Report: Religion in U.S. on the decline

Local News
Friday, October 8, 2004
United Press International
washingtontimes.com

San Francisco, CA, Sep. 22 (UPI)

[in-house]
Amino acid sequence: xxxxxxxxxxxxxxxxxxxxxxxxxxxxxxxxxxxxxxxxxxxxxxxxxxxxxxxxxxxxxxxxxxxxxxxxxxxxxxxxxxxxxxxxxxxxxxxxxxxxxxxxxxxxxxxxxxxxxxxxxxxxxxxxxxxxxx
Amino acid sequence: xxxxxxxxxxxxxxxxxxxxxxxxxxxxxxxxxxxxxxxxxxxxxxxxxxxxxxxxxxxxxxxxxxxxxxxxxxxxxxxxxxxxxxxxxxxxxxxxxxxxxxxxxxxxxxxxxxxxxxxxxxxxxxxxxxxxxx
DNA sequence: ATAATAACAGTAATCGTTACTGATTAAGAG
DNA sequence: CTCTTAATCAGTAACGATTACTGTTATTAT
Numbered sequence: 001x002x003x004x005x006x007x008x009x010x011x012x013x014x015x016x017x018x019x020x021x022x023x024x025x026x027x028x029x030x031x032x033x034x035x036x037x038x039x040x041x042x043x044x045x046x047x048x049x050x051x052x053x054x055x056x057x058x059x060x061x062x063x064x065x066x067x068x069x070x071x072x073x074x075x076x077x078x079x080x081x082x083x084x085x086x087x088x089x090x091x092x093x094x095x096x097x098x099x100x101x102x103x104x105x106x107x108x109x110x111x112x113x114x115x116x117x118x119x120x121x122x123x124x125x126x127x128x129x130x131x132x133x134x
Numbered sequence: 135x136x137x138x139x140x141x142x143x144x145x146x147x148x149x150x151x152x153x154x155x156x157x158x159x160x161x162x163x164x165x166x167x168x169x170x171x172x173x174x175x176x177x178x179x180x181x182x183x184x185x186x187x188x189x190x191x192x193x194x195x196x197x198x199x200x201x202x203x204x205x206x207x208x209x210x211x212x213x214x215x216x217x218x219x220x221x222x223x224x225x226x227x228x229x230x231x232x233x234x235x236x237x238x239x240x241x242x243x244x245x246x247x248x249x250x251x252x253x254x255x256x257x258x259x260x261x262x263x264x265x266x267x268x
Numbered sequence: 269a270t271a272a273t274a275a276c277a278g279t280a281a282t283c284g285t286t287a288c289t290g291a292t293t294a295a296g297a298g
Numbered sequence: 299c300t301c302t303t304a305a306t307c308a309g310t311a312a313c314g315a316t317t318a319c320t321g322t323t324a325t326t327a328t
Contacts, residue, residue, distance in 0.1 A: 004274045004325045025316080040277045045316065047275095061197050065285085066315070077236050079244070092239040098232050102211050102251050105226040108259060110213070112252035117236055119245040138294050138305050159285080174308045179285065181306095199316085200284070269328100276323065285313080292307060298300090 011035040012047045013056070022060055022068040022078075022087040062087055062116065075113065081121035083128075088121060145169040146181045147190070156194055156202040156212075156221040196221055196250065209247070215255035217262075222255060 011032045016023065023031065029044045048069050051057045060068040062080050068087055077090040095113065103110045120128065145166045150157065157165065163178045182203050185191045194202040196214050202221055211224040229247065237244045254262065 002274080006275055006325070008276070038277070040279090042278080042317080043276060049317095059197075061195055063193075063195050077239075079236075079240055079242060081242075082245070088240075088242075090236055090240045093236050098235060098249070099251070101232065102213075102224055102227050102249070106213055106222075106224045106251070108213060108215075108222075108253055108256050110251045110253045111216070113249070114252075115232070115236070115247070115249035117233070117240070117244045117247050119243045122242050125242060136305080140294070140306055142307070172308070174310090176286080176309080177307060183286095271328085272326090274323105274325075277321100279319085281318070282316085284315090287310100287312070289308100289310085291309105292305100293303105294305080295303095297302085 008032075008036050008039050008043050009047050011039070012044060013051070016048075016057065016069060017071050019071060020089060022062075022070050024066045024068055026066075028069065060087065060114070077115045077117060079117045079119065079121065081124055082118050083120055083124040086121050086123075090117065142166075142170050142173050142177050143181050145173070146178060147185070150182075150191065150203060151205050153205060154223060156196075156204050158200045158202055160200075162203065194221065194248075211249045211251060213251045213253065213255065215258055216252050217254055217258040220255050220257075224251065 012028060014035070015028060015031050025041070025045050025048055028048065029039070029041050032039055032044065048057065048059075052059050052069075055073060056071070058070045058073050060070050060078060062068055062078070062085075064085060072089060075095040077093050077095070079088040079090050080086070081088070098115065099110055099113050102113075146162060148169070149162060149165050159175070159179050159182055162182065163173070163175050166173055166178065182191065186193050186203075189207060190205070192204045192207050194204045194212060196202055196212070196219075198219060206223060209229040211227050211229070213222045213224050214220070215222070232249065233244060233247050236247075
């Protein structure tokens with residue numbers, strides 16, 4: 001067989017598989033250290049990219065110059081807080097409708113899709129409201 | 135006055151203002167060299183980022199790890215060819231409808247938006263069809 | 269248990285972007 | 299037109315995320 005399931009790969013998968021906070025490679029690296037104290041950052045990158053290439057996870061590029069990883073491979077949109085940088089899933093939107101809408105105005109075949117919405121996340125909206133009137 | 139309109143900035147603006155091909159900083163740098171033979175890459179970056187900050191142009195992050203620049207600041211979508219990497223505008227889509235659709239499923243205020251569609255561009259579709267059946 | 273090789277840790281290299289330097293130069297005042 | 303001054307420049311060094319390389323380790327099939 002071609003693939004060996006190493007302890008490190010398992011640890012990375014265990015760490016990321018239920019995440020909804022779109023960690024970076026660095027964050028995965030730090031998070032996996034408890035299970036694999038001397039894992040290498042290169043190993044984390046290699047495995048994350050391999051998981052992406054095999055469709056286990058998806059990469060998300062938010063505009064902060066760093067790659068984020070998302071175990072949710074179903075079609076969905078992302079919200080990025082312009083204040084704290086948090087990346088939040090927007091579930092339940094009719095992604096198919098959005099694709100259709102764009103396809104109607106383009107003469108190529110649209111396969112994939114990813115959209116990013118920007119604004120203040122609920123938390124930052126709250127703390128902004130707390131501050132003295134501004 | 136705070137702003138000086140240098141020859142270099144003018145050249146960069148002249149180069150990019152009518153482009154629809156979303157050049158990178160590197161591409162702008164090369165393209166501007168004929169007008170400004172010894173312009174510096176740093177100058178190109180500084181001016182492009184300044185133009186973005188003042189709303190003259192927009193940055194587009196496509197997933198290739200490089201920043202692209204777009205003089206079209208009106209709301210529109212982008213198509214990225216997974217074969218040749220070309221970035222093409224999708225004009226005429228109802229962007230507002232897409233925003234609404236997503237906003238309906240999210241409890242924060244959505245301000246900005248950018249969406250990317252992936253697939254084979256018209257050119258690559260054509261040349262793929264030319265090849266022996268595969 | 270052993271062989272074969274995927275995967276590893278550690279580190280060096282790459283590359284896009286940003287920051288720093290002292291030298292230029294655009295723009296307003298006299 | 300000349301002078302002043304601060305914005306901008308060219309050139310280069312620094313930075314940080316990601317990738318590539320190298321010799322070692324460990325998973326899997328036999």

A new survey by the Institute for Jewish and Community Research concludes that religious identity in the United States has declined over the past decade. The San Francisco-based group's survey, titled "The Decline of Religious Identity in the United States," found that 16 percent of respondents declined to identify with a particular faith, up from less than 10 percent in the early '90s. This "no-religion" grouping is now the third-largest in the nation, behind Catholics, at 24 percent, and Baptists, at 17 percent. "Although it is too soon to know if this evidence will mark the start of a long-term trend -- or exactly what the decline implies -- if it persists, these numbers clearly contradict the notion that all Americans are becoming more religious. While some Americans are becoming more religious, a significant number are moving in the other direction," said Gary A. Tobin, the of institute's president.

 

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